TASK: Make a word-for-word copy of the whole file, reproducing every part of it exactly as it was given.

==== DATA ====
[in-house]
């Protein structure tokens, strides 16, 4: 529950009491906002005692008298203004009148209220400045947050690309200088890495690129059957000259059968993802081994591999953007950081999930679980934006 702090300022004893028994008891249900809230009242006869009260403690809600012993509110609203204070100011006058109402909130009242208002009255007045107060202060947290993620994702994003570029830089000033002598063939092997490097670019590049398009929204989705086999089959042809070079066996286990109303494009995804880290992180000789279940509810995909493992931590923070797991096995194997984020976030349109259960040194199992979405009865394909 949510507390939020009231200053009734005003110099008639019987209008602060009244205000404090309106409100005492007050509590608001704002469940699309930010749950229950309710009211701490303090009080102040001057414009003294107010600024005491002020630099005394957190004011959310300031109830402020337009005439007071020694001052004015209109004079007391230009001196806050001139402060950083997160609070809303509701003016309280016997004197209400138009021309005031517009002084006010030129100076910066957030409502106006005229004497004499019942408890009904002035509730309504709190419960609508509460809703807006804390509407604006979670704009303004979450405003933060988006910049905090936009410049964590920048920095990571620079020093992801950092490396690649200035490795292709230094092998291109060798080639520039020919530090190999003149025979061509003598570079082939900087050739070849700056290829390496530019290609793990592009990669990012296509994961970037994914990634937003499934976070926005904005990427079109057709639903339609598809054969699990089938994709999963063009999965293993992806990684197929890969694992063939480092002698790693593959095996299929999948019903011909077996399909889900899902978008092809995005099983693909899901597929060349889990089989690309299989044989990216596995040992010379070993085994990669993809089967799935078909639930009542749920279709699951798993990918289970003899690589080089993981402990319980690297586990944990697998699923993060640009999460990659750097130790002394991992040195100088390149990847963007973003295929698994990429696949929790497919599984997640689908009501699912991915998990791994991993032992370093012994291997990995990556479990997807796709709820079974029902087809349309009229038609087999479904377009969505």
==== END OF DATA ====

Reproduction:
[in-house]
């Protein structure tokens, strides 16, 4: 529950009491906002005692008298203004009148209220400045947050690309200088890495690129059957000259059968993802081994591999953007950081999930679980934006 702090300022004893028994008891249900809230009242006869009260403690809600012993509110609203204070100011006058109402909130009242208002009255007045107060202060947290993620994702994003570029830089000033002598063939092997490097670019590049398009929204989705086999089959042809070079066996286990109303494009995804880290992180000789279940509810995909493992931590923070797991096995194997984020976030349109259960040194199992979405009865394909 949510507390939020009231200053009734005003110099008639019987209008602060009244205000404090309106409100005492007050509590608001704002469940699309930010749950229950309710009211701490303090009080102040001057414009003294107010600024005491002020630099005394957190004011959310300031109830402020337009005439007071020694001052004015209109004079007391230009001196806050001139402060950083997160609070809303509701003016309280016997004197209400138009021309005031517009002084006010030129100076910066957030409502106006005229004497004499019942408890009904002035509730309504709190419960609508509460809703807006804390509407604006979670704009303004979450405003933060988006910049905090936009410049964590920048920095990571620079020093992801950092490396690649200035490795292709230094092998291109060798080639520039020919530090190999003149025979061509003598570079082939900087050739070849700056290829390496530019290609793990592009990669990012296509994961970037994914990634937003499934976070926005904005990427079109057709639903339609598809054969699990089938994709999963063009999965293993992806990684197929890969694992063939480092002698790693593959095996299929999948019903011909077996399909889900899902978008092809995005099983693909899901597929060349889990089989690309299989044989990216596995040992010379070993085994990669993809089967799935078909639930009542749920279709699951798993990918289970003899690589080089993981402990319980690297586990944990697998699923993060640009999460990659750097130790002394991992040195100088390149990847963007973003295929698994990429696949929790497919599984997640689908009501699912991915998990791994991993032992370093012994291997990995990556479990997807796709709820079974029902087809349309009229038609087999479904377009969505």